I am working with proportion data (very limited ~20 data points) for a response variable (RV), i.e. proportion of mature females out of total number of females sampled. The maturity is assessed by 6 distinct maturity stages.
I started out with a binomial distribution GLM
(M3), which was overdispersed, I calculated the dispersion statistic to be ~115. Subsequently, I tried a beta distribution
(M4), the model validation here suggested it was an okay fit (as okay as it can be with 20 dps).
However, upon reading this paper I realized that the beta distribution is not strictly a good fit for my RV, because the proportion is derived from discrete data, as opposed to continuous. The paper pointed me to the beta-binomial distribution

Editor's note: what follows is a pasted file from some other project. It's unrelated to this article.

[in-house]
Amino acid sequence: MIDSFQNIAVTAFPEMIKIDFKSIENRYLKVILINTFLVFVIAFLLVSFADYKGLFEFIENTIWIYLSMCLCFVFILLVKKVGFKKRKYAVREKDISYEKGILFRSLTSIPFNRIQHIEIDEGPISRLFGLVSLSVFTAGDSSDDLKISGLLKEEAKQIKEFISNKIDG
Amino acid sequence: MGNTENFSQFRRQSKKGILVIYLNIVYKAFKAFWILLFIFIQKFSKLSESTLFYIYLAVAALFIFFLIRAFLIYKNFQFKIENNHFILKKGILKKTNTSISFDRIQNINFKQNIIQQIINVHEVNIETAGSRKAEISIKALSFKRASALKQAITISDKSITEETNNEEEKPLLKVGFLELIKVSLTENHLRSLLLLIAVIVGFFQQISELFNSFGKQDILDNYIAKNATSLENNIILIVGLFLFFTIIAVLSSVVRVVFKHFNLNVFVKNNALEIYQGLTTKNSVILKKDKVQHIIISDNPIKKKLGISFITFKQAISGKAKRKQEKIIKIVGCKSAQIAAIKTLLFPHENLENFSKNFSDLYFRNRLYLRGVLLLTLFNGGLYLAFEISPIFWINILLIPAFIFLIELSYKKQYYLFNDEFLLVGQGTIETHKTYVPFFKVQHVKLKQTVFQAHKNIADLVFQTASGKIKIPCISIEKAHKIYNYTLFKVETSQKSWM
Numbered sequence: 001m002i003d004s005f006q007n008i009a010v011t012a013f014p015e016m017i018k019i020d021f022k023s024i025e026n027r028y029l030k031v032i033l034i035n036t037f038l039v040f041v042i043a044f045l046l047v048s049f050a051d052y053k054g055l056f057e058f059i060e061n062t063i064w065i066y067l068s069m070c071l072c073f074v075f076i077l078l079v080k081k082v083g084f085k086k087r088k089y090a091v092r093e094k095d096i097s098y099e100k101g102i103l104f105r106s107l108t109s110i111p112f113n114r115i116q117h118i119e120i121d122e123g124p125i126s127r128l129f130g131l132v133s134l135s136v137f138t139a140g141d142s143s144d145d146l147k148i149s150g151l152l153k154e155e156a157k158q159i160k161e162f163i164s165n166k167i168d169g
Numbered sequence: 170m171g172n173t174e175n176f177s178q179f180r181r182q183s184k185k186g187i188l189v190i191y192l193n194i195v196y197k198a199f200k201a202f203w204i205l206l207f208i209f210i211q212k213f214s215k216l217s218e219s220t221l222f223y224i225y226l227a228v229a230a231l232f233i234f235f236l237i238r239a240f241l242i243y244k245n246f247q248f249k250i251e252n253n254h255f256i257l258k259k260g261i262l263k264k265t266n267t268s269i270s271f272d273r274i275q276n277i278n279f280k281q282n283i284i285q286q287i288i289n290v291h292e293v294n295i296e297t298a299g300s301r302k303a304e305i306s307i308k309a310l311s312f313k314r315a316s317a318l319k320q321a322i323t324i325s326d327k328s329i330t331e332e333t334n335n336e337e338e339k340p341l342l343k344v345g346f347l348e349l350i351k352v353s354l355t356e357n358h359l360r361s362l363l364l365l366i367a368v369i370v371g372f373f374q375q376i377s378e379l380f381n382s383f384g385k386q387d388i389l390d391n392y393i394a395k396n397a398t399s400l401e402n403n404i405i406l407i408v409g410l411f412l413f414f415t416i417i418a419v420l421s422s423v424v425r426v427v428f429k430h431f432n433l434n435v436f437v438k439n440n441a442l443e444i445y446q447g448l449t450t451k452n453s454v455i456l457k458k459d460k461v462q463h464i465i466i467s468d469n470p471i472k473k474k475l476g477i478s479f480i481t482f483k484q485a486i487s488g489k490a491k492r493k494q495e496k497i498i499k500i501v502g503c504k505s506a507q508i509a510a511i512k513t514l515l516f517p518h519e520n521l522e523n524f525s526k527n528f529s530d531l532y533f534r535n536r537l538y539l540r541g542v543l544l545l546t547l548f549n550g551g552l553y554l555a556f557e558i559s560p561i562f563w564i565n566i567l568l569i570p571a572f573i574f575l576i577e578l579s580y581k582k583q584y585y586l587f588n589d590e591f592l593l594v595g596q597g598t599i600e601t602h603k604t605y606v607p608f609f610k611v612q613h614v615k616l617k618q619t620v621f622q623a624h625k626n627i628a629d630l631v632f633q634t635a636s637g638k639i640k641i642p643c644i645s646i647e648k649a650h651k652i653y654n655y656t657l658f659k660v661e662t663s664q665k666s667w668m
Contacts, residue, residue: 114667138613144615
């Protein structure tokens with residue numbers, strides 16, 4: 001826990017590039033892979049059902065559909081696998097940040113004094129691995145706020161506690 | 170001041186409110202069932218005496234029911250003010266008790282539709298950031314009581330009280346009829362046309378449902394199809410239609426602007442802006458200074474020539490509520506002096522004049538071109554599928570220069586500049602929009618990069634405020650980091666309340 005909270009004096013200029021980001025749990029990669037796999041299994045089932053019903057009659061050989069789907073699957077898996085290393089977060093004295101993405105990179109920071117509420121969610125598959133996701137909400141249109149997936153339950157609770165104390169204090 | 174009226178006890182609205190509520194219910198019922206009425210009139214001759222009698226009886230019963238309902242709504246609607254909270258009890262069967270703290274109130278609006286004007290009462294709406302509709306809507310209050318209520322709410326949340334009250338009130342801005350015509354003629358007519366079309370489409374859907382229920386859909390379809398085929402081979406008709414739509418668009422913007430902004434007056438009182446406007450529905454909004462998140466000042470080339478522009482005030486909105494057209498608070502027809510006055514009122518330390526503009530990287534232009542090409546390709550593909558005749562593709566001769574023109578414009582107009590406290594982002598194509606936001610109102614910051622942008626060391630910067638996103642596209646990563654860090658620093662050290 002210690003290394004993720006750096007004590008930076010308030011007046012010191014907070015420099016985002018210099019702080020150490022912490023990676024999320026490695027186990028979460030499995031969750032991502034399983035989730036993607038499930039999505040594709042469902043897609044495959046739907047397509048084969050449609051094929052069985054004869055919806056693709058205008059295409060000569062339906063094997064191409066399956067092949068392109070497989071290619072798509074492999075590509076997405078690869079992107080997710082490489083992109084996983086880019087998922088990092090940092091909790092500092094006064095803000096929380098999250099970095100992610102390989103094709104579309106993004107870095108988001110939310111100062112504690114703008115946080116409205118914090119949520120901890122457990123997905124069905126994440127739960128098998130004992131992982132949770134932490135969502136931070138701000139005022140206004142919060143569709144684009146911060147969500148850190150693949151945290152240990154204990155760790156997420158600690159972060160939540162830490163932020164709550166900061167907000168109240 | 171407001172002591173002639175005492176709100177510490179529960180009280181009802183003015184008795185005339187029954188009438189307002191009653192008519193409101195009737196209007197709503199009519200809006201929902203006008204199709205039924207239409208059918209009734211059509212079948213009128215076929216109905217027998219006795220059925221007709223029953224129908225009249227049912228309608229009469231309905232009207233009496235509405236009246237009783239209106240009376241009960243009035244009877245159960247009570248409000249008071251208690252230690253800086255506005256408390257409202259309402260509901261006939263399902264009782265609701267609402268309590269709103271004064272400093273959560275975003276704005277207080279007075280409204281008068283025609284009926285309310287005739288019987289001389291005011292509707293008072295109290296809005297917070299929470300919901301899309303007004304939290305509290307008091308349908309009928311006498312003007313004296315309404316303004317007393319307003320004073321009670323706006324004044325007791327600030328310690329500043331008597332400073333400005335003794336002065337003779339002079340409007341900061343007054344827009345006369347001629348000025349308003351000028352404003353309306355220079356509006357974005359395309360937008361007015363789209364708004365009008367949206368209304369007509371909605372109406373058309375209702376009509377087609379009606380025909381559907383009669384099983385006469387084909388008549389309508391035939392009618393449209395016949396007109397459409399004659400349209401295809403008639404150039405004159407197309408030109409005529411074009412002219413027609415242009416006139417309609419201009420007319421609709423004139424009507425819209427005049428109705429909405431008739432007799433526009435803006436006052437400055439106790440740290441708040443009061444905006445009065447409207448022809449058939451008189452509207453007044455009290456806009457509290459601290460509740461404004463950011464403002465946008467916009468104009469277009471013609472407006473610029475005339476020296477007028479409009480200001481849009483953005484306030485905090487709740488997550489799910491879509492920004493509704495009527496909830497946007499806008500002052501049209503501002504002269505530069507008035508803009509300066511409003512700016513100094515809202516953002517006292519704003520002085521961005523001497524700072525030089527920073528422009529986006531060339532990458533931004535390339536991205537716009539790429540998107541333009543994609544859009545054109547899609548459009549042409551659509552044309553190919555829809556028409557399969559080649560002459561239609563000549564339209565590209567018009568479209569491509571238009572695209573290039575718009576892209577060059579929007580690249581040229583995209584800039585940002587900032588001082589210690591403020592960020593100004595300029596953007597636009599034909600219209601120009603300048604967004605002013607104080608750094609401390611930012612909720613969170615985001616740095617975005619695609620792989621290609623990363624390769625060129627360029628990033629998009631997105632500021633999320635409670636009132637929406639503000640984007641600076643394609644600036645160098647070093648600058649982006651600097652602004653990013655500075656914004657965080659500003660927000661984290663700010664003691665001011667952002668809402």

(M5), which I had no issue running. After that, out of curiosity I ran
AIC() on all three models to compare them. This was the result:
AIC(M3, M4, M5) df AIC M3 2 2335.20106 M4 3 -14.56873 M5 3 265.97071
My question is, why is the beta model
(M4)seemingly performing so much better than the beta-binomial
(M5) according to AIC? Is this due to overfitting? Or should I not have done the beta model in the first place because its wrong for my type of proportion data, and just ignore AIC?